Consumer Debt Statistics
Personal debt is a major problem in the U.S.—particularly following the economic downturn when many Americans turned to using credit and/or payday loans to cover their monthly expenses when their households were hit by reduced income and unemployment. While certain indications show an upturn in the national economy, Americans as consumers are still facing serious problems with debt.
How do you stack up when it comes to your debt? Once you see where you stand, give us a call at 1-800-320-9929 so we can discuss options to help you pay down debt and improve your financial situation. You can also have your debt evaluated using our Free Debt Analysis.
Credit Card Debt Statistics
Credit card debt represents a big portion of our total national debt. It is also a major source of financial hardship for many Americans who struggle to pay their bills each month.
Total U.S. revolving debt as of May, 2011: $798.3 billion
- 98% of that is made up of consumer credit card debt
Average credit card debt per household: $6600
- However, if you count only households that use credit cards: $15,799
The average consumer has an average of 3.5 credit cards
- This number has been greatly reduced during the economic downturn; prior to 2008, Americans averaged 5.5 credit cards
- There are 178.6 million credit cardholders in the U.S.
- The average age to get a first credit card is now 20.8 years
- Average credit card APR (interest rate) as of November, 2011: 12.36%
So what does this mean? Let’s say you have exactly the average credit card debt of $6600. You manage to get a balance transfer to a new credit card without any balance transfer fees at 12% interest—just below the national APR average right now. If you paid only the minimum payment which will start around $132, it will take you over 23 years to pay back your debt and you will pay $6144.87 in interest. At this rate, America is going to be in debt for a long time!
Rather than facing the daily hassle of your big credit card debts for the next several decades, beat the debt statistics and start reducing your debt now. With a debt management program you can get an interest rate around 6%-10% and most people are completely debt-free in 3-5 years. Call us to start a free debt analysis with your own personal credit counselor at 1-800-320-9929.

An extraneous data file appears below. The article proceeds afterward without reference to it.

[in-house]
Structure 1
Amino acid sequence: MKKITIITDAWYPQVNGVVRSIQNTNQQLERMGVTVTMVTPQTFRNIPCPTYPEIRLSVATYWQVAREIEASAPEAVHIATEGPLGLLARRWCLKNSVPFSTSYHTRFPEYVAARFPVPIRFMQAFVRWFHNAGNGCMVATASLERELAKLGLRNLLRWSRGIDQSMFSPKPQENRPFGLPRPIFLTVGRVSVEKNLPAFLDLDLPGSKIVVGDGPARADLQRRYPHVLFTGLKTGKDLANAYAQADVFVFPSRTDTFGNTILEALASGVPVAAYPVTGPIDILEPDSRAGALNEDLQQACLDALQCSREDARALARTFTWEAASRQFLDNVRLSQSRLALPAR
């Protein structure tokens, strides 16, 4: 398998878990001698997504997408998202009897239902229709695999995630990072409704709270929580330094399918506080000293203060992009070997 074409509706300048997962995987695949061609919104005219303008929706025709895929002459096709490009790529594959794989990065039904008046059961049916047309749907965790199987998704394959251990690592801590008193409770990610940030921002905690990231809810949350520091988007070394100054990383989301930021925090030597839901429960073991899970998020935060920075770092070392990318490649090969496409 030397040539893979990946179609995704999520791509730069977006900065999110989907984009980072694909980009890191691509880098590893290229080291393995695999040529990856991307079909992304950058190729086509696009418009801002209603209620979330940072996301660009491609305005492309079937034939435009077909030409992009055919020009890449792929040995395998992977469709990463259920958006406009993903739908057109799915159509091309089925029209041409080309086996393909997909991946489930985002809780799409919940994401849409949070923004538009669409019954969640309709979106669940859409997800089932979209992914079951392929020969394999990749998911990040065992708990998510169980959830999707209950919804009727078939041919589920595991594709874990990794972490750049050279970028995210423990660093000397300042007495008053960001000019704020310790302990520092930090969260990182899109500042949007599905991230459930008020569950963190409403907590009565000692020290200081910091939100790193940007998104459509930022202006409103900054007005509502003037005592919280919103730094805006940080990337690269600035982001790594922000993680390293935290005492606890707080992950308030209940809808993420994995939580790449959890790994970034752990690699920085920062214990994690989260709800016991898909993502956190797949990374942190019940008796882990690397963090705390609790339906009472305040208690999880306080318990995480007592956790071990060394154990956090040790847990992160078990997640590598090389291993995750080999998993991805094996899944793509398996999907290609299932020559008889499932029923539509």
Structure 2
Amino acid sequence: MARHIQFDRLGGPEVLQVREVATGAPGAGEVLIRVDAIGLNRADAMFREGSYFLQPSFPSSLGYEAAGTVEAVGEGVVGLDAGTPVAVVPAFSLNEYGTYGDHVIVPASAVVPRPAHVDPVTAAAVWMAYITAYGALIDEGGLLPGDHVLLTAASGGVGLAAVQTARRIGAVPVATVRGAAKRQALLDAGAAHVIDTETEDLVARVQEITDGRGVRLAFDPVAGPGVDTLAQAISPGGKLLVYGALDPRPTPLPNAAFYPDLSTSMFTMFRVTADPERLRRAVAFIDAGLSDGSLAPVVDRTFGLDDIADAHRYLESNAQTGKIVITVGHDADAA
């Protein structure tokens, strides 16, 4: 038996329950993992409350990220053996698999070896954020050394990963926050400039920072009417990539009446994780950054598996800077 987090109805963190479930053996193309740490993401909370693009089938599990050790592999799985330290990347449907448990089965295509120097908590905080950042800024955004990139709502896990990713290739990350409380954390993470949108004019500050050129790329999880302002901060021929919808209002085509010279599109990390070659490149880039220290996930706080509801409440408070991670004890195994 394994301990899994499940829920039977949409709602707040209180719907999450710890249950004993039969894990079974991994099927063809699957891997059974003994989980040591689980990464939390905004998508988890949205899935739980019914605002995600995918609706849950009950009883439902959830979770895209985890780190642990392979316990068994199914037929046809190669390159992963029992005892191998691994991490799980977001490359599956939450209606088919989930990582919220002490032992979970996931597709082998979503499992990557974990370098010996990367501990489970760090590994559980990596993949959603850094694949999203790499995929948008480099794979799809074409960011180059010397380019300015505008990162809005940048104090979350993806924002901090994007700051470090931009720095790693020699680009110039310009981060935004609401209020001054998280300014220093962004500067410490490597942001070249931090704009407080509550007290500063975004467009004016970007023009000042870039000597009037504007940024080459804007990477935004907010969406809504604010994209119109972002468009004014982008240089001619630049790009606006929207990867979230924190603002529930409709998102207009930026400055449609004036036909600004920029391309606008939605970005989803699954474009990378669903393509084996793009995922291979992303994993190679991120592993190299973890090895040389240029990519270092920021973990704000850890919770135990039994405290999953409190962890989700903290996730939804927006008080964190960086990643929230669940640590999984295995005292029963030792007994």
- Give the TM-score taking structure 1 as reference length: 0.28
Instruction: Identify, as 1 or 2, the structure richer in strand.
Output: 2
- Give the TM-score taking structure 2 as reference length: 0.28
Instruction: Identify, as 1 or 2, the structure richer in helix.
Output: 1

General Consumer Debt Statistics
Credit card debt is only part of the picture when it comes to consumer debt in America. Total consumer debt in the U.S. is at $2.43 trillion as of May 2011. Not surprisingly, this has caused serious economic fallout for many Americans.
- Total bankruptcy filings reached 1.4 million in 2009
Total consumer debt per household now averages $16,046 (down from $35,245 prior to the economic downturn in 2008)
- Total debt per household with credit cards still averages $54,000 (also down from $93,850 in 2008)
- Young Americans (age 25-34) have the second highest rate of bankruptcy after Americans 35-44, meaning the younger you are the tougher your financial situation seems to be.
- The average college student graduates with $20,000 of debt
- Nearly 1 in 5 Americans aged 18-24 qualify themselves as being in “debt hardship”
- 26% of Americans admit to not paying their bills on time
- Prior to the economic downturn, 14.7% of American families held debt exceeding 40% of their household income
Given the tough state of the economy Americans are now struggling to get their finances back on track. Particularly for families with credit card debt this can be a difficult journey. In many cases, you could take the next 20-30 years to pay back what you owe right now alone—and that’s if you don’t buy anything else on credit!
Instead of struggling for the next few decades to overcome your debt, there are solutions that can help you get out of debt in as little as 36 months. Take a Free Debt Analysis now to find out where you stand or call 1-800-320-9929 to speak with a professional credit counselor who can help you find the right solution to your debt problem today.
Creditcards.com Credit Card Statistics, Industry Facts, Debt Statistics
Federalreserve.gov Consumer Credit G.19